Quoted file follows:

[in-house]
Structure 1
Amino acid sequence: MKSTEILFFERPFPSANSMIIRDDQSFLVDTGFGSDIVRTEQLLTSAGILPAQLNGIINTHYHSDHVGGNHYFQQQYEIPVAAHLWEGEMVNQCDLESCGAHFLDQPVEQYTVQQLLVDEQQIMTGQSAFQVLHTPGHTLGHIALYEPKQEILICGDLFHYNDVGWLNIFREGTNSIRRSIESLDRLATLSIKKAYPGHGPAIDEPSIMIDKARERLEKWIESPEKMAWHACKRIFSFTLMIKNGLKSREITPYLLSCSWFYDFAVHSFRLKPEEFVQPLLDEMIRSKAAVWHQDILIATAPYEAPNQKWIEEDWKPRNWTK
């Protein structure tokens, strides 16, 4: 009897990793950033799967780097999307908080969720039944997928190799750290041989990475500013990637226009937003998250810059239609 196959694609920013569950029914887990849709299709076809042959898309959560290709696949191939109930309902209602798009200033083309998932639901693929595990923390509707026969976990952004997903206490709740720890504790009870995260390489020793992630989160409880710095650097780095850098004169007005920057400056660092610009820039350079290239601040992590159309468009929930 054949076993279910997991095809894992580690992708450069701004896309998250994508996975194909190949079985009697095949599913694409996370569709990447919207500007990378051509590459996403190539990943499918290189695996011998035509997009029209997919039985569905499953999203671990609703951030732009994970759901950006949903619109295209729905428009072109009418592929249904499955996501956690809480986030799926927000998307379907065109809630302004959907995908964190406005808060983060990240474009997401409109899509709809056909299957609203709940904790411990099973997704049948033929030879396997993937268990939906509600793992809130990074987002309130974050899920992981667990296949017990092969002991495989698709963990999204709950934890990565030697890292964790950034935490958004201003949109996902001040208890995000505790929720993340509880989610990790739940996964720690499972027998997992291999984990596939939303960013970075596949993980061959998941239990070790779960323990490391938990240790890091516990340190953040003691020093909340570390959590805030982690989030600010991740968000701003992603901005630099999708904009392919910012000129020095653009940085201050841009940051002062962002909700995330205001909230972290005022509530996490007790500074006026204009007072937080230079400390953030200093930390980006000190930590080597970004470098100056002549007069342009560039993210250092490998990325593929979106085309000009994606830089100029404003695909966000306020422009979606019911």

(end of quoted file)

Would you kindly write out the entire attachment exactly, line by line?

[in-house]
Structure 1
Amino acid sequence: MKSTEILFFERPFPSANSMIIRDDQSFLVDTGFGSDIVRTEQLLTSAGILPAQLNGIINTHYHSDHVGGNHYFQQQYEIPVAAHLWEGEMVNQCDLESCGAHFLDQPVEQYTVQQLLVDEQQIMTGQSAFQVLHTPGHTLGHIALYEPKQEILICGDLFHYNDVGWLNIFREGTNSIRRSIESLDRLATLSIKKAYPGHGPAIDEPSIMIDKARERLEKWIESPEKMAWHACKRIFSFTLMIKNGLKSREITPYLLSCSWFYDFAVHSFRLKPEEFVQPLLDEMIRSKAAVWHQDILIATAPYEAPNQKWIEEDWKPRNWTK
């Protein structure tokens, strides 16, 4: 009897990793950033799967780097999307908080969720039944997928190799750290041989990475500013990637226009937003998250810059239609 196959694609920013569950029914887990849709299709076809042959898309959560290709696949191939109930309902209602798009200033083309998932639901693929595990923390509707026969976990952004997903206490709740720890504790009870995260390489020793992630989160409880710095650097780095850098004169007005920057400056660092610009820039350079290239601040992590159309468009929930 054949076993279910997991095809894992580690992708450069701004896309998250994508996975194909190949079985009697095949599913694409996370569709990447919207500007990378051509590459996403190539990943499918290189695996011998035509997009029209997919039985569905499953999203671990609703951030732009994970759901950006949903619109295209729905428009072109009418592929249904499955996501956690809480986030799926927000998307379907065109809630302004959907995908964190406005808060983060990240474009997401409109899509709809056909299957609203709940904790411990099973997704049948033929030879396997993937268990939906509600793992809130990074987002309130974050899920992981667990296949017990092969002991495989698709963990999204709950934890990565030697890292964790950034935490958004201003949109996902001040208890995000505790929720993340509880989610990790739940996964720690499972027998997992291999984990596939939303960013970075596949993980061959998941239990070790779960323990490391938990240790890091516990340190953040003691020093909340570390959590805030982690989030600010991740968000701003992603901005630099999708904009392919910012000129020095653009940085201050841009940051002062962002909700995330205001909230972290005022509530996490007790500074006026204009007072937080230079400390953030200093930390980006000190930590080597970004470098100056002549007069342009560039993210250092490998990325593929979106085309000009994606830089100029404003695909966000306020422009979606019911």